There are many good strategies to use when running the New York City Marathon. Throwing up at the start is probably not one of them. My friend Syd was in for a long day after he puked early in the 2011 race last November. He never got back the nutrients and water he’d lost, but kept running until Mile 18, around 96th Street on the course, when he felt like a bag of garbage. Then he started walking. It wasn’t his first marathon—it was his sixth, interspersed with 23 half-marathons—but it was maybe the hardest.
Syd’s dad, in his 70s, met him with a cold, wet towel, and they walked together, to mile 19. It was a 14-minute mile. After mile 19, he told his dad he’d see him at mile 22, and then he started running 11-minute miles. I know this because I was sitting in a coffee shop in Monterey, California, tracking him and texting his wife Debi updates every time he hit another mile marker, remembering how he had said he was worried about the race in the weeks leading up to it. Debi texted back, “His calf injury is killing him.”
When we had talked on the phone a couple weeks earlier, I said to Syd, The thing I like about all this stuff we do—running, climbing, mountaineering, cycling, all this suffer-filled, sometimes painful stuff—is that it’s just a way of repeatedly asking ourselves the question, “Am I tough enough?” And the answer is almost always yes.
I think what I like about toughness is that it’s not quantifiable, other than in the form of a story. Lots of people can have a faster race time, climb a couple letter- or number-grades harder than you, stand on the next-higher place on the podium. But nobody has a measurement system for toughness. Usually, when you talk about how tough someone is, you start out with,
“This one time”
and then you tell a story.
A guy breaks his leg descending a 20,000-foot mountain in the Andes and when his partner cuts the rope, he crawls all the way down. Someone is paralyzed in an accident, then decides they’re going to walk again, then bicycle again, across the country. Maybe you’ve never chopped off your own arm off in order to walk out of the desert alive, but you have probably had one or half a dozen moments on a trail or a rope or a bike somewhere, where you experience an overwhelming feeling of doubt.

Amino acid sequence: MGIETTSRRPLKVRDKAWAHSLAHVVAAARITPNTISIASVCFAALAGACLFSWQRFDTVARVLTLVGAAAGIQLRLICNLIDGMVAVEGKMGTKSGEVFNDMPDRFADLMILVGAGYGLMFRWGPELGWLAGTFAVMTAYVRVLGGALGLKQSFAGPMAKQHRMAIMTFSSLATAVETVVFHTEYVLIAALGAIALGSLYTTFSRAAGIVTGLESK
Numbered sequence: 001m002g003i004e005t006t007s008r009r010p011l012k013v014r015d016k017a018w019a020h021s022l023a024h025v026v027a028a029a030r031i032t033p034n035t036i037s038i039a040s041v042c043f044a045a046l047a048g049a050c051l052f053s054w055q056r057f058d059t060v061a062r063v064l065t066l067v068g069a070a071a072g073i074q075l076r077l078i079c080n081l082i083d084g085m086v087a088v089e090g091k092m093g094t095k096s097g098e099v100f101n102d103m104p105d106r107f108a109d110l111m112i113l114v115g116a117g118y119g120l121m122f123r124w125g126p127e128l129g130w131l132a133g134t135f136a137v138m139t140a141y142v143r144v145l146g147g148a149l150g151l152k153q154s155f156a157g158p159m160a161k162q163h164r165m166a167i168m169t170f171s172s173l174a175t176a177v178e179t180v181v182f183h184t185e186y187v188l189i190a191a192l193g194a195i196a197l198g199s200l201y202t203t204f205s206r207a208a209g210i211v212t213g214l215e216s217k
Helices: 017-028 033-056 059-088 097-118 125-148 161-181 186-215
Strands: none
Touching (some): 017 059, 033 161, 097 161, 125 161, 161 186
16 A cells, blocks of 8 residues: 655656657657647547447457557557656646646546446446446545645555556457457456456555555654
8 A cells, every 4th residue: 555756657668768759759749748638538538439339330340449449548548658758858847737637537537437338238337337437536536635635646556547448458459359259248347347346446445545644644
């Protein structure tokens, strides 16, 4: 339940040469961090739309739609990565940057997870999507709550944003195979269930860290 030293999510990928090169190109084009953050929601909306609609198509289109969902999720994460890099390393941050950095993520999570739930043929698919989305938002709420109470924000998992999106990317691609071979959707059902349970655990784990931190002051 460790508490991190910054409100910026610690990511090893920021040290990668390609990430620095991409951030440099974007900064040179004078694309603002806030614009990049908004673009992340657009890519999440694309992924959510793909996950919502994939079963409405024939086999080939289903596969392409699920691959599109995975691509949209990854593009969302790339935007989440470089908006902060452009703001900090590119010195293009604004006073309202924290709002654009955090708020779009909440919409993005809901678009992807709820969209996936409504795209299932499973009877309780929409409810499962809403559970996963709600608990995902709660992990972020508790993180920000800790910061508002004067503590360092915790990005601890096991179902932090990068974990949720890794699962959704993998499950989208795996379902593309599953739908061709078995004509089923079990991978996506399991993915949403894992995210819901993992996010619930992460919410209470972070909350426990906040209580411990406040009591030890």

Then, usually what happens is you give yourself an out. You tell yourself, I could stop running right now, sit down and have a beer. I could get off my bike and call my significant other to drive the car over and pick me up. I could lower off this bolt/cam just below the crux without even trying the move because I’m scared, or I could have my partner continue to lead all the hard pitches. When you don’t take the out, though, something happens and your threshold moves a little, or a lot. You collect enough of those times not letting yourself off the hook, and words like “can’t” disappear from your vocabulary, and you replace them with “won’t” or “haven’t yet.”
Maybe you have a habit of finding your way into those moments, because maybe you tend to collect them when you spend your weekends getting cold, tired, scared, and far enough away from your car that it takes all you’ve got (or what you think is all you’ve got) just to get back safely. I feel like I do. When I was driving the Outdoor Research truck a couple weeks ago through rural Nevada, some folks who were unfamiliar with the company asked, “What kind of research do you guys do?” I joked, “Pain and fear. I research pain and fear.”
My friend Syd ended up finishing the 2011 NYC Marathon, proudly in 21,500th place (as he jokes). But it doesn’t really matter where he finished, and he knows that. What matters is that he finished. And he said in an e-mail a couple days ago:
“I also really do remember thinking of your ‘Are you tough enough?’ question when I was out there trying to finish last year’s marathon. No lie.”
Of course, I knew he was tough enough, the whole time. His entry in the 2011 marathon was deferred from 2010, when he had to cancel because of a stress fracture in his foot. So instead of running the NYC Marathon that year, he ran the 2010 Denver Rock ‘n’ Roll Half Marathon, five weeks after his broken foot was diagnosed. I still remember him saying, “It doesn’t really start hurting until after about 10 miles … ”
(photo by the talented and handsome Lee Smith)